Political Sociology: A Reader

By S. N. Eisenstadt | Go to book overview
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tors as well are responsible for this rudeness which has also been called "improper tone." Only those not acquainted with the laws of mass psychology will be surprised by it in view of the youthful nature of the movement, the educational level of the workers, and the need of the intellectuals attached to the movement to assert their leadership role and to prove the genuineness of their convictions before the followers through their supercilious behavior and coarseness of language vis-à-vis those of their colleagues who remained with the bourgeois parties. Furthermore, the contrast between labor's Cinderella-like position in the economic and political sphere and the tremendous role which it has chosen for itself frequently tends to stimulate the feeling of bitterness and the violence of accent which accompany the spirit of battle. It is true, as Socialists always have claimed energetically, that theoretically hatred has nothing to do with the class struggle and that generally it is not being "preached." No unbiased person will, however, be able to deny that it usually accompanies the struggle. That this also projects hatred into the future must be clear as well. Hatred is a good means for the conquest of power, but serves as a poor basis for the treatment of men and things by those who have acquired power.

Some Consequences and Correlates of
Class Polarization

Robert R. Alford

Australia and Great Britain—with fairly high levels of class voting and low regional or religious voting —may be called the more "class-polarized" politiical systems, while the United States and Canada may be called the less class-polarized systems. As might be expected, labor union membership is greater in the more class-polarized countries, although Australia and Britain are not differentiated in this respect, nor are Canada and the United States. 1 It seems probable that the relative strength of labor unionism is both a cause and a consequence of class politics. The level of self-identification of manual workers as "working class" is also in the same order as the level of class voting according to one study of three of these countries. Undoubtedly the integration of class and party serves to clarify the character of the stratification system, for workers at least.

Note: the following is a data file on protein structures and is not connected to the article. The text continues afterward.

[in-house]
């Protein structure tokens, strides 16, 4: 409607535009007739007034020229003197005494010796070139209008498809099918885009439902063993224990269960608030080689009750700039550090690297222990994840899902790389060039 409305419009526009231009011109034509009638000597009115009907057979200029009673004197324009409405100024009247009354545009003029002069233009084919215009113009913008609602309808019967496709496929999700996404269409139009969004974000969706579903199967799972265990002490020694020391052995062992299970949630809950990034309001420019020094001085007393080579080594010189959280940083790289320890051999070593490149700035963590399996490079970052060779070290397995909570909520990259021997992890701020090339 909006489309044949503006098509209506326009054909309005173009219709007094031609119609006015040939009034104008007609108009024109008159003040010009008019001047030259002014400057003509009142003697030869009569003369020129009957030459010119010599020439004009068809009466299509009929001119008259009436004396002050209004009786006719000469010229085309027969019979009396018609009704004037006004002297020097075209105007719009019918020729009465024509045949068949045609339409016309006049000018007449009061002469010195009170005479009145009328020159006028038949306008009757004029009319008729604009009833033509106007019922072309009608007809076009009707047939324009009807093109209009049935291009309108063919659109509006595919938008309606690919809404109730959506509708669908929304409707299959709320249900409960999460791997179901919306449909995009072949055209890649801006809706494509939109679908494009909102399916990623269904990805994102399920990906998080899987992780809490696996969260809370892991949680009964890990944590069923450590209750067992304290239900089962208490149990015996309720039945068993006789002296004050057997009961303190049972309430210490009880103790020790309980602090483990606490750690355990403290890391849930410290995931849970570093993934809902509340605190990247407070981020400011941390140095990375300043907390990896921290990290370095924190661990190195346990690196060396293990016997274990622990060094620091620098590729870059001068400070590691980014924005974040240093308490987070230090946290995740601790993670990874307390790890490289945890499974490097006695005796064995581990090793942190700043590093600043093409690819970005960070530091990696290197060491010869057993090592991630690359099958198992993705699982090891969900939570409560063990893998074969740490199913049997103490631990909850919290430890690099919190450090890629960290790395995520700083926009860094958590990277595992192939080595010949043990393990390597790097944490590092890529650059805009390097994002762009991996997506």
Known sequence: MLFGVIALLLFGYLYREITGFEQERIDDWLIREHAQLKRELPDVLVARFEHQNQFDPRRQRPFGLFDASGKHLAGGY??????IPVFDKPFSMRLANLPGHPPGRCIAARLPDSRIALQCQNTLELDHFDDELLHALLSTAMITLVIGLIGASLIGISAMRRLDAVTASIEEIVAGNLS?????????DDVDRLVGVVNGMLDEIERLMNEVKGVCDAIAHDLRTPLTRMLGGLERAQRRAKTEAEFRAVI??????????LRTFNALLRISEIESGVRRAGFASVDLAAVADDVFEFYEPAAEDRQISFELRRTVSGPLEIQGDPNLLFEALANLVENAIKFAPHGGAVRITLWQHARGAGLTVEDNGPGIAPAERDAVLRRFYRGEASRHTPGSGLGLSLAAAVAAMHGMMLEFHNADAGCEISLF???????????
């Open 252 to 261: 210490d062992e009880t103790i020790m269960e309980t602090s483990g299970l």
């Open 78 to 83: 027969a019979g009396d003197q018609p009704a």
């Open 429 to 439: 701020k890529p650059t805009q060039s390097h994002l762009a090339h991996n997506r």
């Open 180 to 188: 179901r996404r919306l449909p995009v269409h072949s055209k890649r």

A number of political and social processes seem to differ in a way logically related to these various measures of the extent to which these political systems are polarized around class bases. Localism, par‐

ticularism, and informal bases for political action seem to be more prevalent in the less class-polarized systems, as will be described. No systematic evidence exists for these generalizations, but some suggestive regularities appear.

In the more class-polarized systems, Great Britain and Australia, politics has become bureaucratized, and "mass parties"—parties organized around branches, with individual membership, and a centralized, tightly organized form—have emerged. Australia and Great Britain have party systems organized around "mass" parties; the United States and Canada have party systems organized on a "cadre" or "honoratioren" basis. 2 The parties in the latter two nations are led by "notables" and lack the strength and solidarity of party organization characteristic of mass parties. Instead, party organization practically disappears between elections. Both of the major parties in Canada and the United States are more like "honoratioren" parties than either of the major parties in Australia and Great Britain, and it may be suggested that the rise of a working-class party organized along disciplined lines forces the more conservative party in each country to organize likewise in self-defense.

From Robert R. Alford, Party and Society (Chicago: Rand McNally & Co., 1963), pp. 292-302. Reprinted by permission of the publisher.


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Political Sociology: A Reader
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